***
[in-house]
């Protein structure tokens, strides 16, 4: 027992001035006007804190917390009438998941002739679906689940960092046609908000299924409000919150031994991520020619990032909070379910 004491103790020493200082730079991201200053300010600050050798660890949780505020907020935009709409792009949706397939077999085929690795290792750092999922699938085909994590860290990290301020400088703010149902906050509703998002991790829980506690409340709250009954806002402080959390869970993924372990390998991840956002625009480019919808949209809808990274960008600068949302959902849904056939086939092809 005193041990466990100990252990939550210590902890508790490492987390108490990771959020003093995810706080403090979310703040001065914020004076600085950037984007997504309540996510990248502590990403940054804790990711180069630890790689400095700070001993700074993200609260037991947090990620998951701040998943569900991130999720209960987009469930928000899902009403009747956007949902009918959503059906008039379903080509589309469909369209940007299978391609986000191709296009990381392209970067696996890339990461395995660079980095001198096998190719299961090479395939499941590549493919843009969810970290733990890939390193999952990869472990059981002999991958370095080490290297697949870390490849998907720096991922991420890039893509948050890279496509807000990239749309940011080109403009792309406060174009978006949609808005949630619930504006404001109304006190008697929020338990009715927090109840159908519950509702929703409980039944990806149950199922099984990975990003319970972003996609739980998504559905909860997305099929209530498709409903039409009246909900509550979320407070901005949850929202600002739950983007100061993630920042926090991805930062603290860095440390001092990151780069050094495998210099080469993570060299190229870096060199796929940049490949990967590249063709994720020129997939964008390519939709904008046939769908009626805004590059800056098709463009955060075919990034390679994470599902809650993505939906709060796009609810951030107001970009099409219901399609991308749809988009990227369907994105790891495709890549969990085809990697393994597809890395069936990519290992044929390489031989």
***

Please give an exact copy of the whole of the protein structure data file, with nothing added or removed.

[in-house]
């Protein structure tokens, strides 16, 4: 027992001035006007804190917390009438998941002739679906689940960092046609908000299924409000919150031994991520020619990032909070379910 004491103790020493200082730079991201200053300010600050050798660890949780505020907020935009709409792009949706397939077999085929690795290792750092999922699938085909994590860290990290301020400088703010149902906050509703998002991790829980506690409340709250009954806002402080959390869970993924372990390998991840956002625009480019919808949209809808990274960008600068949302959902849904056939086939092809 005193041990466990100990252990939550210590902890508790490492987390108490990771959020003093995810706080403090979310703040001065914020004076600085950037984007997504309540996510990248502590990403940054804790990711180069630890790689400095700070001993700074993200609260037991947090990620998951701040998943569900991130999720209960987009469930928000899902009403009747956007949902009918959503059906008039379903080509589309469909369209940007299978391609986000191709296009990381392209970067696996890339990461395995660079980095001198096998190719299961090479395939499941590549493919843009969810970290733990890939390193999952990869472990059981002999991958370095080490290297697949870390490849998907720096991922991420890039893509948050890279496509807000990239749309940011080109403009792309406060174009978006949609808005949630619930504006404001109304006190008697929020338990009715927090109840159908519950509702929703409980039944990806149950199922099984990975990003319970972003996609739980998504559905909860997305099929209530498709409903039409009246909900509550979320407070901005949850929202600002739950983007100061993630920042926090991805930062603290860095440390001092990151780069050094495998210099080469993570060299190229870096060199796929940049490949990967590249063709994720020129997939964008390519939709904008046939769908009626805004590059800056098709463009955060075919990034390679994470599902809650993505939906709060796009609810951030107001970009099409219901399609991308749809988009990227369907994105790891495709890549969990085809990697393994597809890395069936990519290992044929390489031989």